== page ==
Judas, on the other hand, does not understand. Even if we weren’t told that Judas was about to betray him and that he stole from the common purse, we can hear that point of view which sees only what is useful, practical, and cost effective, what adds up in human terms. Judas does not understand the fullness of who Jesus is. He does not understand that Jesus is the gift of God and that we respond to God’s gift by loving Jesus and those whom he has entrusted to us.
But just as we had to take a closer look at the Elder Brother last week, in the parable of the Prodigal Son, so we must not dismiss Judas so quickly. If it is Jesus’ mission to save the lost, who is more lost than this one who betrays him? Judas may well have been called to do this terrible thing so that crucifixion and resurrection may follow. Yet if the Good Shepherd will leave the ninety and nine to seek for the one that is lost, can we say that any sheep has wandered too far for the Shepherd to find? These are hard questions and I’m not sure that the Gospels give us a clear answer. These questions are worth pondering in humility and prayer. If Isaiah asserts that even the jackals and the ostriches honor God, which of us can reject any of God’s creatures, judging them simply a royal waste?
Our job is probably not to see ourselves either as Mary or Judas, but to understand that they are models, paradigms, and that we undoubtedly combine both. At times like Mary, we adore and give thanks to our holy and awesome God. But in the figure of Judas, we see all those who have gone astray. Please don’t misunderstand me; I am not excusing the actions of the historical Judas. But surely the grace of Jesus must extend to those who are at least sometimes unfaithful. Peter, who becomes a leader of the church, denied Jesus three times. Without sinners, there would be no need for the pain and the light of the cross.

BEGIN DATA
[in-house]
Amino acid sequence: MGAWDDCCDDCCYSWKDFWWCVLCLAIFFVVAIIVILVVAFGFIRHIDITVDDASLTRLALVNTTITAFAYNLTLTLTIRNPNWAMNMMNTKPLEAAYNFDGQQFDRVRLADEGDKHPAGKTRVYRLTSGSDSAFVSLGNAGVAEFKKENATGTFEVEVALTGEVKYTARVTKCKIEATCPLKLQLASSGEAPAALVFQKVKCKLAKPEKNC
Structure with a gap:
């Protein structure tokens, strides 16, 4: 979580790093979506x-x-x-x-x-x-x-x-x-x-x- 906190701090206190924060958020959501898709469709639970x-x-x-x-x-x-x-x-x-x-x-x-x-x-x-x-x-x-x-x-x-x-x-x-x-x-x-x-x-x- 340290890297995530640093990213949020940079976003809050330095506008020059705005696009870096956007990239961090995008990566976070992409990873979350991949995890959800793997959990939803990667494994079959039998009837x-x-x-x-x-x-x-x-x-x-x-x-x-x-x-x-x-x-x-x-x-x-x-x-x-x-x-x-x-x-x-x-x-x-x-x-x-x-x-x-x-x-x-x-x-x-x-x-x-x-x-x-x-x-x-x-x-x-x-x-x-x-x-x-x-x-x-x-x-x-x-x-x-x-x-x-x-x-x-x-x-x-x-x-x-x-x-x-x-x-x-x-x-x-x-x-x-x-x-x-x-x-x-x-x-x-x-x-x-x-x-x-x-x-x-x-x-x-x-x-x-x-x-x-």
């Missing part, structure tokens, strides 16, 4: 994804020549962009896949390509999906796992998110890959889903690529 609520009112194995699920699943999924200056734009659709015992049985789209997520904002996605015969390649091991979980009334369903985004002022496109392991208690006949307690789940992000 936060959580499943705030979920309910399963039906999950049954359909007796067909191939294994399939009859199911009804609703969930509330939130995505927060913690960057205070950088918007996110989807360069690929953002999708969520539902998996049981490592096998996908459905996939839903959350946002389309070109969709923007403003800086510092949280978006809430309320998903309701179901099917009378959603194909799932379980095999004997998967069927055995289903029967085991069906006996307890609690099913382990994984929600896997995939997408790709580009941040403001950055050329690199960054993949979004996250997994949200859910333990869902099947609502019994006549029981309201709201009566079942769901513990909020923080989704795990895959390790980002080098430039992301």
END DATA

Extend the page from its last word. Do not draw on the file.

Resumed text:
Paul is wrestling with these questions in the passage from Philippians. In him, we see a person in the round, and also ourselves. Paul is asking us to draw up a life assessment, a ledger in which we note gains and losses. All of the considerable perks with which Paul came into the world, all his accomplishments and achievements, he is discarding because nothing equals “the surpassing value of knowing Christ Jesus.” What does that mean: “knowing Christ”? Mary presumably does know him; Judas presumably does not. Knowing Christ Jesus is not abstract or theoretical or a matter of a few prayers. For Paul it is a privilege and it calls us to set aside what we formerly valued, to turn away from what keeps us from Christ, and then act. To act because Paul wants to share in Christ’s “sufferings by becoming like him in his death” so that somehow he may attain also the resurrection from the dead.
This isn’t just fancy language. Paul is asking us to dive in royally, even if it is painful. This is where we need to be extravagant with our time and efforts. With our very being. Paul calls us to look hard at our own definitions of righteousness and to turn to God’s grace for answers. Paul urges us to participate in resurrection by finding our story as part of God’s larger story. Paul asks us to identify so closely with Christ that we seek where he continues to bring life into places of death and that we join in that resurrection. This is work for what remains of Lent and beyond. It reminds us that we can be part of God’s continuing faithfulness and join God in bringing about new things for our own broken hearts as well as for a broken world. Any apparent waste of our lives and labor in this way will indeed be royal.
Let us pray: Dearest God, Heavenly King, let us remember that you are still at work in us and in your world, and that you invite our participation. As we faithfully accompany our Lord through the darkness of Holy Week, let us offer Him all our love and gratitude. Let us accept whatever discomfort or sorrow occurs as we try to know Him better, assured that we are not alone and that we can press forward for the new life of resurrection. Amen.